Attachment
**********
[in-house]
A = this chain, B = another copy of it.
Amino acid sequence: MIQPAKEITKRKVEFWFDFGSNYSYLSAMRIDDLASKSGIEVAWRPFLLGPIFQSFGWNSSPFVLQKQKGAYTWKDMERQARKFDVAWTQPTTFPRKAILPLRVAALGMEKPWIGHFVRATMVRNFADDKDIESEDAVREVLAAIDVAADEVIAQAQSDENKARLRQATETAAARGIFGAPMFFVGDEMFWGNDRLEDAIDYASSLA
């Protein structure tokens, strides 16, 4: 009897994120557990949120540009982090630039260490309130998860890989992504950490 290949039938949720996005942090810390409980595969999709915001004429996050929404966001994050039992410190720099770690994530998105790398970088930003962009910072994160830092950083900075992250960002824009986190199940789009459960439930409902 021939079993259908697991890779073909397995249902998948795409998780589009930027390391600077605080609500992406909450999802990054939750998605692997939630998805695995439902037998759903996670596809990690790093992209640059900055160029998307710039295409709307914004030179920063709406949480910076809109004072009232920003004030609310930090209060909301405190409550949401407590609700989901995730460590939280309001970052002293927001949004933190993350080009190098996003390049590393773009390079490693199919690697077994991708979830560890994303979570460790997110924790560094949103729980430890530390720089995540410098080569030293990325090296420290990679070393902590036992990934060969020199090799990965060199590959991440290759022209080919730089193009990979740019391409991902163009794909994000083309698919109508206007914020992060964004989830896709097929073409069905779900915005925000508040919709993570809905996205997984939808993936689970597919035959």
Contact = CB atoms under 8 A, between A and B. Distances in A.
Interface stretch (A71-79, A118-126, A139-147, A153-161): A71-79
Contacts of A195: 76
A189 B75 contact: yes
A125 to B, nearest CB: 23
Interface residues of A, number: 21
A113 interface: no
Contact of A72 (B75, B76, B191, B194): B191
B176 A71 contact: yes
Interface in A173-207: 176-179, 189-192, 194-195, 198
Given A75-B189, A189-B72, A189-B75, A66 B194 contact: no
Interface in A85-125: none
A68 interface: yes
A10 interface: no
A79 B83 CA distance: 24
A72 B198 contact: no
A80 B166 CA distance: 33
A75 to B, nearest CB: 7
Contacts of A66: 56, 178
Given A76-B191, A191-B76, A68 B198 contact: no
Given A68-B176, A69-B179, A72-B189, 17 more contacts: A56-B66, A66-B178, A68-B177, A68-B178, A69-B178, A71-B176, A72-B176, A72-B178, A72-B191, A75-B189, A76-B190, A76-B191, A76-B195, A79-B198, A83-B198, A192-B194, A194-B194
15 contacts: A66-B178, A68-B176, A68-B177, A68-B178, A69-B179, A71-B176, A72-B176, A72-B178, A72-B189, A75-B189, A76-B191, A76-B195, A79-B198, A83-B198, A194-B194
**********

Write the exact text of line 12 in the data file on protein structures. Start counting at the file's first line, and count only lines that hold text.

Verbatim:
Contact of A72 (B75, B76, B191, B194): B191